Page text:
Without the support of OPEC, Iran will need to trade its enormous oil reserves aggressively in the post-sanctions world. Egypt, with its seemingly insatiable appetite for oil products, could capitalise on these circumstances and negotiate oil imports from Iran on very attractive terms. In fact, reopening bilateral trade between Egypt and Iran in the oil sector would reflect the existing reality that Egypt is already purchasing Iranian oil products, albeit indirectly.
Since 2012, Iran has partially manoeuvred around international economic sanctions by using the United Arab Emirates as an intermediary to sell Iranian oil products. Oil purchased from the UAE accounted for more than 60 percent of Egypt’s total imports for the year 2014. If the United States removes the third-party sanctions under the Iranian nuclear deal, Egypt will be able to import oil directly from Iran. This would obviate the need for Egypt to use the UAE as a “middleman,” resulting in the cheaper and more efficient importation of Iranian oil products.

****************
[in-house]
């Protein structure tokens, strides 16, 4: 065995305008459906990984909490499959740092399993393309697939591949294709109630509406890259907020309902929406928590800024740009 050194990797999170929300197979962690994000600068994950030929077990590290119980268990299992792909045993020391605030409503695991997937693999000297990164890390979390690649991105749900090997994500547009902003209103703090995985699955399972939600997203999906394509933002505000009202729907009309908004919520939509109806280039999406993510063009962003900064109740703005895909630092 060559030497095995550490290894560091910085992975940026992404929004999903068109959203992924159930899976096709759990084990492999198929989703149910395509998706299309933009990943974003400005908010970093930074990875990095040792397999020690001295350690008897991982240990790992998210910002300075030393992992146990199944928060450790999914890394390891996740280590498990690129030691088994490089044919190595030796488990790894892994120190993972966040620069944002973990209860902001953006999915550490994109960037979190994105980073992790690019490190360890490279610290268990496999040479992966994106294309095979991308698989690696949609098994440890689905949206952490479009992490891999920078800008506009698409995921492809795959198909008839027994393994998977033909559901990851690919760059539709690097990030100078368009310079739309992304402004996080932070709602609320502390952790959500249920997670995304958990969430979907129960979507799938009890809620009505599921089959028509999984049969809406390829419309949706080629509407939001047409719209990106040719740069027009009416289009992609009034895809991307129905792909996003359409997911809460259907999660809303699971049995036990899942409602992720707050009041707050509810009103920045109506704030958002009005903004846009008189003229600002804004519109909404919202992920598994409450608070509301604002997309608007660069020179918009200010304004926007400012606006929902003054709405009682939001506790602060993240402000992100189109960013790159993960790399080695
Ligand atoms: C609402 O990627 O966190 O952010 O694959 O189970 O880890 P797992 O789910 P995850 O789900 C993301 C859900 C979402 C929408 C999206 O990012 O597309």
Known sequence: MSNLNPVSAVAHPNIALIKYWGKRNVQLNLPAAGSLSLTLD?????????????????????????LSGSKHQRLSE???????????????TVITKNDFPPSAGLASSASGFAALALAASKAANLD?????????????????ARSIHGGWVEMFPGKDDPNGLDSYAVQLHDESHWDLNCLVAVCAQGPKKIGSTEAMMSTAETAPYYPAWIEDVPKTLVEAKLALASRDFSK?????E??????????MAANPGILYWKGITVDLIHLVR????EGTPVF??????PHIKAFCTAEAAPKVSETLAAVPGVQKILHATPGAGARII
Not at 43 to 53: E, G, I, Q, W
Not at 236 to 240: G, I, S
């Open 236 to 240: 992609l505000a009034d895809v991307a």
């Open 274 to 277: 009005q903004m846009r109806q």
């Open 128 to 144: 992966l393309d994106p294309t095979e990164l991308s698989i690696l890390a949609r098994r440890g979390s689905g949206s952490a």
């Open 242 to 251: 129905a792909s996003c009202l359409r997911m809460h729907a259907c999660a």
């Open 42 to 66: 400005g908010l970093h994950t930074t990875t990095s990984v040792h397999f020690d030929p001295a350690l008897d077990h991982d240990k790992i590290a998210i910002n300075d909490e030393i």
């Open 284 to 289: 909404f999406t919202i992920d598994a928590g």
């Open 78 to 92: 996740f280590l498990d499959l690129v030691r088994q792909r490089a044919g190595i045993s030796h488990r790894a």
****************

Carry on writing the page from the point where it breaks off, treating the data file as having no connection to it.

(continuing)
There are encouraging signs that the potential for developing increased commerce between Egypt and Iran is not limited to the oil sector. Ahmed al-Sayed al-Naggar, author of several studies on economic relations between the two countries identifies the Egyptian fruit industry as one attractive target for economic growth. For example, before 2010, Iran was the world’s third-largest importer of Egyptian oranges.